Two city parks nominated in national competition

Two Aberdeen parks which sit alongside the city's two rivers are in the running for the UK's Best Park competition.

Duthie and Seaton Parks have been put forward by members of the public for the new award by national charity Fields in Trust.

Aberdeen City Council Communities, Housing and Infrastructure vice-convener Councillor Jean Morrison said: "This is a fantastic accolade and the fact two of our six formal parks in the city have been put forward by a member of the public shows how highly regarded they are by the people who use them.

"The award nomination and is a tribute not only to our parks teams who keep them looking great with a range of facilities for all age ranges, but also to the Friends groups and volunteers which put so much hard work and effort throughout the city.

"We look forward to the competition and encourage everyone who uses our parks to vote for Duthie or Seaton."

Duthie Park comprises of 44 acres situated beside the River Dee within easy walking, cycling and bus journey of the city centre. The 134-year-old park had a £5 million refurbishment and re-opened in 2013, with funding provided by the Heritage Lottery Fund and Aberdeen City Council.

It has the biggest range of facilities of all the city's parks including water features, playparks, Japanese Garden, and year-round facilities in the Winter Gardens and café.. It also has great walks around, and from the park, such as Old Deeside Railway Line and the River Dee.

Seaton Park has 27 hectares with formal beds, a walled garden, mature deciduous trees, open green spaces and a children's play park. It features Cathedral Walk which is a stunning floral display that leads the eye and the walker to nearby St Machar Cathedral.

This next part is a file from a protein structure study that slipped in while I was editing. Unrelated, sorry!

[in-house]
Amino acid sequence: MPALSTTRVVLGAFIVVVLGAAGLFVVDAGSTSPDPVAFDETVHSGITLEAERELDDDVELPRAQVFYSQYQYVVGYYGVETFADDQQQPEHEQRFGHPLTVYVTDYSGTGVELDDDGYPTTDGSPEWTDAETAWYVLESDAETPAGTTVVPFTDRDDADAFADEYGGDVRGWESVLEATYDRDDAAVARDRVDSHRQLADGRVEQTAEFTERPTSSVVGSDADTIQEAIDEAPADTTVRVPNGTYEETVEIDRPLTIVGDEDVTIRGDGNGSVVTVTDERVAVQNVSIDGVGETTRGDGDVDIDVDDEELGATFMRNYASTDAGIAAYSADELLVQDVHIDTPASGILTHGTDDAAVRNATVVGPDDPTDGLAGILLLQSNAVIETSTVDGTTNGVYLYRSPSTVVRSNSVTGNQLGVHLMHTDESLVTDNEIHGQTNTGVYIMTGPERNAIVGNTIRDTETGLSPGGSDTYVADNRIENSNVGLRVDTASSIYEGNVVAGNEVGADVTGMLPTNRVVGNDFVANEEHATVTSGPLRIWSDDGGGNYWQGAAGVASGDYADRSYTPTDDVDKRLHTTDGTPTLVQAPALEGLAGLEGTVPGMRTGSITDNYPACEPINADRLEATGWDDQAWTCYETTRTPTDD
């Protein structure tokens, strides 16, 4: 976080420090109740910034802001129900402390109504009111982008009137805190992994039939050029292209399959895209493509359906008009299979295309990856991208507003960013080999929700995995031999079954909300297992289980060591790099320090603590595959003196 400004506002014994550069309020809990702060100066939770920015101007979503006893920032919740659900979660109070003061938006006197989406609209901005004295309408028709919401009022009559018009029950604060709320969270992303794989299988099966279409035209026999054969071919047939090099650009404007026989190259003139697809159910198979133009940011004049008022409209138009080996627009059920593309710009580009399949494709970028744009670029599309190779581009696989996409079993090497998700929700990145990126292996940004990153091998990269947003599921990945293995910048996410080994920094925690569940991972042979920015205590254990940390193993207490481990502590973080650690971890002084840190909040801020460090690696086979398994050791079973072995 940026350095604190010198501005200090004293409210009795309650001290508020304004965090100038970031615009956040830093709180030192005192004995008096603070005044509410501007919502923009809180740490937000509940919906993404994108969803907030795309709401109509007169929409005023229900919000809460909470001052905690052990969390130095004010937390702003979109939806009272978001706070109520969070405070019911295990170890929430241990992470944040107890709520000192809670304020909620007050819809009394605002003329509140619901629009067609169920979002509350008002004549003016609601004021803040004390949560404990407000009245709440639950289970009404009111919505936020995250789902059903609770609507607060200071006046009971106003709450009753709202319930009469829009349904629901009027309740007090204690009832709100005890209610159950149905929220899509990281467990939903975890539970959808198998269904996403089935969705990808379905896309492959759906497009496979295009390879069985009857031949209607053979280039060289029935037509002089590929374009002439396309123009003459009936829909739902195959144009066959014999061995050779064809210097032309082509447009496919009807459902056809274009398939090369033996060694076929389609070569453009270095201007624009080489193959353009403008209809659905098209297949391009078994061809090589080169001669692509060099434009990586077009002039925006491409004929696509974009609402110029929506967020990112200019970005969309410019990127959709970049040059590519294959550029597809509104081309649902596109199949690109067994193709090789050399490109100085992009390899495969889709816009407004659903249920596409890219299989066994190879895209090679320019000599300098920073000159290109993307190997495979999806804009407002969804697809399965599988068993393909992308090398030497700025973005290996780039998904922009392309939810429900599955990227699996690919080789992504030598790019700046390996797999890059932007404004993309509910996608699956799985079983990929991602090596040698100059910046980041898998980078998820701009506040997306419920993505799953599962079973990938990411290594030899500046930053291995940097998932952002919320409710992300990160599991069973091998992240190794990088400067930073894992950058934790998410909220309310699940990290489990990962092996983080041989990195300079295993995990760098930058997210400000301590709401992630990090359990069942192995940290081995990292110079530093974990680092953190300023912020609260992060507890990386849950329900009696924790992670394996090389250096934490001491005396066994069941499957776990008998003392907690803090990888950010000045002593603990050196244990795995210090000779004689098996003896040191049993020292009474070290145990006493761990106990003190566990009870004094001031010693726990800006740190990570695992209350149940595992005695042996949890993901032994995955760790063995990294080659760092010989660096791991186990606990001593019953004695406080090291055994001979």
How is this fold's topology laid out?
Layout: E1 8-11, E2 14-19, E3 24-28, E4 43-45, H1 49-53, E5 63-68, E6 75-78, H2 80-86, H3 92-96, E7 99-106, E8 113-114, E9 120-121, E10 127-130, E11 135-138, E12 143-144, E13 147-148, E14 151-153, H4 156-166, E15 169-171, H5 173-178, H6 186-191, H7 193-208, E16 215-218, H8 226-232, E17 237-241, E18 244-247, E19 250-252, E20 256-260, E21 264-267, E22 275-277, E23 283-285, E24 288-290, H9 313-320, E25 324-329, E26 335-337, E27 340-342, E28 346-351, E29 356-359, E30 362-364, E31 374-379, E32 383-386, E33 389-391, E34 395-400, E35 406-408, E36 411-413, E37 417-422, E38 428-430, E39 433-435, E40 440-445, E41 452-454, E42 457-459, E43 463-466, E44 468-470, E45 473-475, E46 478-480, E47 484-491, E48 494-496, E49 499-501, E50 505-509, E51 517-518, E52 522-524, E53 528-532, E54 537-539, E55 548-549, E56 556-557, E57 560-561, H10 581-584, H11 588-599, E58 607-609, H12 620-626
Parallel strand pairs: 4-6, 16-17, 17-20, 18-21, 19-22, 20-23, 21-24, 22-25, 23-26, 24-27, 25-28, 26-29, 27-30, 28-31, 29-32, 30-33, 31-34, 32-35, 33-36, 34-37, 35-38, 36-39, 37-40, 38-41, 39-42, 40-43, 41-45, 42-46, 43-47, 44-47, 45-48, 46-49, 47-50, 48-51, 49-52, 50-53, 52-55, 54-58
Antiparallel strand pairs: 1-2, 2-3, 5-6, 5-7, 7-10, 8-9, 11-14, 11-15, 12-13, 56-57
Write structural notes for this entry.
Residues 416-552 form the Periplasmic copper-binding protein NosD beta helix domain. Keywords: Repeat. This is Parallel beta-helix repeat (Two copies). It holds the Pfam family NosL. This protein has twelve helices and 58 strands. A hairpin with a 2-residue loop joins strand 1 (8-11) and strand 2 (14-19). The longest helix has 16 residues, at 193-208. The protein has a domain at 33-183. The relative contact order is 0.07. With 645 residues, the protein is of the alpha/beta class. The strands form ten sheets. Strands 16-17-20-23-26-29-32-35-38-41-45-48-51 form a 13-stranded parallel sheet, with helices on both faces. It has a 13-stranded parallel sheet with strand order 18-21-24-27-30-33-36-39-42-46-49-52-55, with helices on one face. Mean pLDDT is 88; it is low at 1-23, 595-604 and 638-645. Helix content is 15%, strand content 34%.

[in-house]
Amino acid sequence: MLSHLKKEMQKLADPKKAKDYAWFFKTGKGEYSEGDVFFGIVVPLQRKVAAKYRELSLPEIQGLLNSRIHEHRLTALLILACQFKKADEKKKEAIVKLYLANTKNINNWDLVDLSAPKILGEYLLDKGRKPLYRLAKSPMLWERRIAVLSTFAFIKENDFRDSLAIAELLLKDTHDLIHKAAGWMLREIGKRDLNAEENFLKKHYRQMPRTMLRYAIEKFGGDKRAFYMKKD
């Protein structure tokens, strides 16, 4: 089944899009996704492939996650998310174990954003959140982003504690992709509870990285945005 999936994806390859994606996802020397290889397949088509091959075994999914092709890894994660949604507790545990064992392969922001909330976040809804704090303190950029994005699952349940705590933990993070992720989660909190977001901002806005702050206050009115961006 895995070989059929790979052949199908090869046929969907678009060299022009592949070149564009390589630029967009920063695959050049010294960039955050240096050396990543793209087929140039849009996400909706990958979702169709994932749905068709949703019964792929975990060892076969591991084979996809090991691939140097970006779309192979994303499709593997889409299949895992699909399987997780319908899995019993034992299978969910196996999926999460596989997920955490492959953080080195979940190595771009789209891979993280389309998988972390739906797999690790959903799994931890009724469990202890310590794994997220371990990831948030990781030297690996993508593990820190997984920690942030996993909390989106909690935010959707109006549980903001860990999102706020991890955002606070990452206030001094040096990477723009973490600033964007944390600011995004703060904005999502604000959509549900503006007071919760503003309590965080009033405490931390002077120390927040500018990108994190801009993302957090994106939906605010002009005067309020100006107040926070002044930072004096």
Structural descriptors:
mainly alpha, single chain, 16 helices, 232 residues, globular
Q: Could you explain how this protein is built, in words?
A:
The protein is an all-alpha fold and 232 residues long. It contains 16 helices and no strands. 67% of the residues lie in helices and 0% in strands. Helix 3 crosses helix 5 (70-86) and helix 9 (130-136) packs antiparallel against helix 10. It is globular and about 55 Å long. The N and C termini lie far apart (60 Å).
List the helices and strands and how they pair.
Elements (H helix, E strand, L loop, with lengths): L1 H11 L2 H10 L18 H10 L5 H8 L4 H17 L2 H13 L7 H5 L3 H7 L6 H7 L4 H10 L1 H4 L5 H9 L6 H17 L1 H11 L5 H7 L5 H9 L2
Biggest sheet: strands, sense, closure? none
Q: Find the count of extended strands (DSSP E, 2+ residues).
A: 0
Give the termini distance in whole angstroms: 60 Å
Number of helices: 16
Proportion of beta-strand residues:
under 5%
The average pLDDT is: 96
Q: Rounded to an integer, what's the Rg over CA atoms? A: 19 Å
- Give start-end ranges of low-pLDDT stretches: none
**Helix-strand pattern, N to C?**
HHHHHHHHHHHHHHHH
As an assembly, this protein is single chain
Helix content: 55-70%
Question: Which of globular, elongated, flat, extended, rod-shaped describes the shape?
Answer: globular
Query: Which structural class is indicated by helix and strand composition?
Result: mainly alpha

The walled garden is a hidden gem providing a secluded sheltered spot to show off an array of beautiful flowers and plants.

The meandering River Don provides a natural boundary at the west of Seaton park, with a lovely riverside walk which links the park to the historic Brig o' Balgownieand beyond to the North Sea.

The Fields in Trust's annual awards ceremony in December celebrates the great work being done in parks and playgrounds across the UK. The awards vote follows a survey carried out on behalf of the charity which shows almost half of people say using their local park helps them to feel healthier (48%), with 70% of 16 to 24 year olds also feeling less stressed as a result of having access to green space. Almost a quarter of people (24%) use their local park at least twice a week.

Fields in Trust chief executive Helen Griffiths said:"Our research shows that the nation's parks and green spaces are places to enjoy life experiences, with many of those surveyed saying that's where they taught their grandchildren to cycle, had their first kiss or reached a personal sporting milestone. Some people have even experienced or witnessed a marriage proposal!

"Our awards help recognise the role that our parks play in our communities, bringing people together and creating a safe outdoor environment that everyone should be entitled to. As Fields in Trust celebrates its 90th year we invite all park users to vote for their favourite green space."

Fields in Trust is a national charity that operates throughout the UK to safeguard recreational spaces and campaign for better statutory protection for all kinds of outdoor sites. Founded in 1925 as the National Playing Fields Association by King George V, its mission is the same now and as it was then - to ensure that everyone, whether young or old, able-bodied or disabled and wherever they live, should have access to free, local outdoor space for sport, play and recreation.

The charity safeguards more than 2,500 sites which is a total of 28,000 acres of land including playgrounds, playing fields, and formal and informal parkland across the UK.

People wanting to vote for Duthie or Seaton can do so on the website www.fieldsintrust.org/bestpark/nominations